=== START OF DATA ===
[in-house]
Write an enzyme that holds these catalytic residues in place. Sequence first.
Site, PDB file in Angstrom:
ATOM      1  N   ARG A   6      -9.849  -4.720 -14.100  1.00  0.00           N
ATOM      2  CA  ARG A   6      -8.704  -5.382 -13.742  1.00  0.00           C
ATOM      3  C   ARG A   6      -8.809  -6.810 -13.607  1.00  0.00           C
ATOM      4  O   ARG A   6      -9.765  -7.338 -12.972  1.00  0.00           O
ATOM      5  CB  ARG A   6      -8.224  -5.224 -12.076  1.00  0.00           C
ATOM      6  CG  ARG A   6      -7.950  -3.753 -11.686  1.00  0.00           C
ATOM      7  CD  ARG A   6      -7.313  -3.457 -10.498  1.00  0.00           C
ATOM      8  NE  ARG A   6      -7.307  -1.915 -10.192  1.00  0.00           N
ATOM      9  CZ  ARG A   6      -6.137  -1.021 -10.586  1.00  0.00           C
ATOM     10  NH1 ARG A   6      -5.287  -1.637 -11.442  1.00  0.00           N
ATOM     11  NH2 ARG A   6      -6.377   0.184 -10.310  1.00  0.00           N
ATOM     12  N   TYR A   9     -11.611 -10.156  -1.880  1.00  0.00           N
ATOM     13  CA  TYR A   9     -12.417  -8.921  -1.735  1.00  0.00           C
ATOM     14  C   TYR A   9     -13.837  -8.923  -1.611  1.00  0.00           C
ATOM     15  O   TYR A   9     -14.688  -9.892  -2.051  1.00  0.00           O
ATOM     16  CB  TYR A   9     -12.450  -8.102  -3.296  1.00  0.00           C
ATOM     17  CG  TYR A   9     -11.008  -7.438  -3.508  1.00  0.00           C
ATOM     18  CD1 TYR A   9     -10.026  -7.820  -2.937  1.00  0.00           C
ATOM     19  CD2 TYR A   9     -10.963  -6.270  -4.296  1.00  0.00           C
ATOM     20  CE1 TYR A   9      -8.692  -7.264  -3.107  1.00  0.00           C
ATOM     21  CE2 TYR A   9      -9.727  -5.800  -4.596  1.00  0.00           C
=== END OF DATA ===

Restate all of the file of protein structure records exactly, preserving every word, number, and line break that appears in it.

[in-house]
Write an enzyme that holds these catalytic residues in place. Sequence first.
Site, PDB file in Angstrom:
ATOM      1  N   ARG A   6      -9.849  -4.720 -14.100  1.00  0.00           N
ATOM      2  CA  ARG A   6      -8.704  -5.382 -13.742  1.00  0.00           C
ATOM      3  C   ARG A   6      -8.809  -6.810 -13.607  1.00  0.00           C
ATOM      4  O   ARG A   6      -9.765  -7.338 -12.972  1.00  0.00           O
ATOM      5  CB  ARG A   6      -8.224  -5.224 -12.076  1.00  0.00           C
ATOM      6  CG  ARG A   6      -7.950  -3.753 -11.686  1.00  0.00           C
ATOM      7  CD  ARG A   6      -7.313  -3.457 -10.498  1.00  0.00           C
ATOM      8  NE  ARG A   6      -7.307  -1.915 -10.192  1.00  0.00           N
ATOM      9  CZ  ARG A   6      -6.137  -1.021 -10.586  1.00  0.00           C
ATOM     10  NH1 ARG A   6      -5.287  -1.637 -11.442  1.00  0.00           N
ATOM     11  NH2 ARG A   6      -6.377   0.184 -10.310  1.00  0.00           N
ATOM     12  N   TYR A   9     -11.611 -10.156  -1.880  1.00  0.00           N
ATOM     13  CA  TYR A   9     -12.417  -8.921  -1.735  1.00  0.00           C
ATOM     14  C   TYR A   9     -13.837  -8.923  -1.611  1.00  0.00           C
ATOM     15  O   TYR A   9     -14.688  -9.892  -2.051  1.00  0.00           O
ATOM     16  CB  TYR A   9     -12.450  -8.102  -3.296  1.00  0.00           C
ATOM     17  CG  TYR A   9     -11.008  -7.438  -3.508  1.00  0.00           C
ATOM     18  CD1 TYR A   9     -10.026  -7.820  -2.937  1.00  0.00           C
ATOM     19  CD2 TYR A   9     -10.963  -6.270  -4.296  1.00  0.00           C
ATOM     20  CE1 TYR A   9      -8.692  -7.264  -3.107  1.00  0.00           C
ATOM     21  CE2 TYR A   9      -9.727  -5.800  -4.596  1.00  0.00           C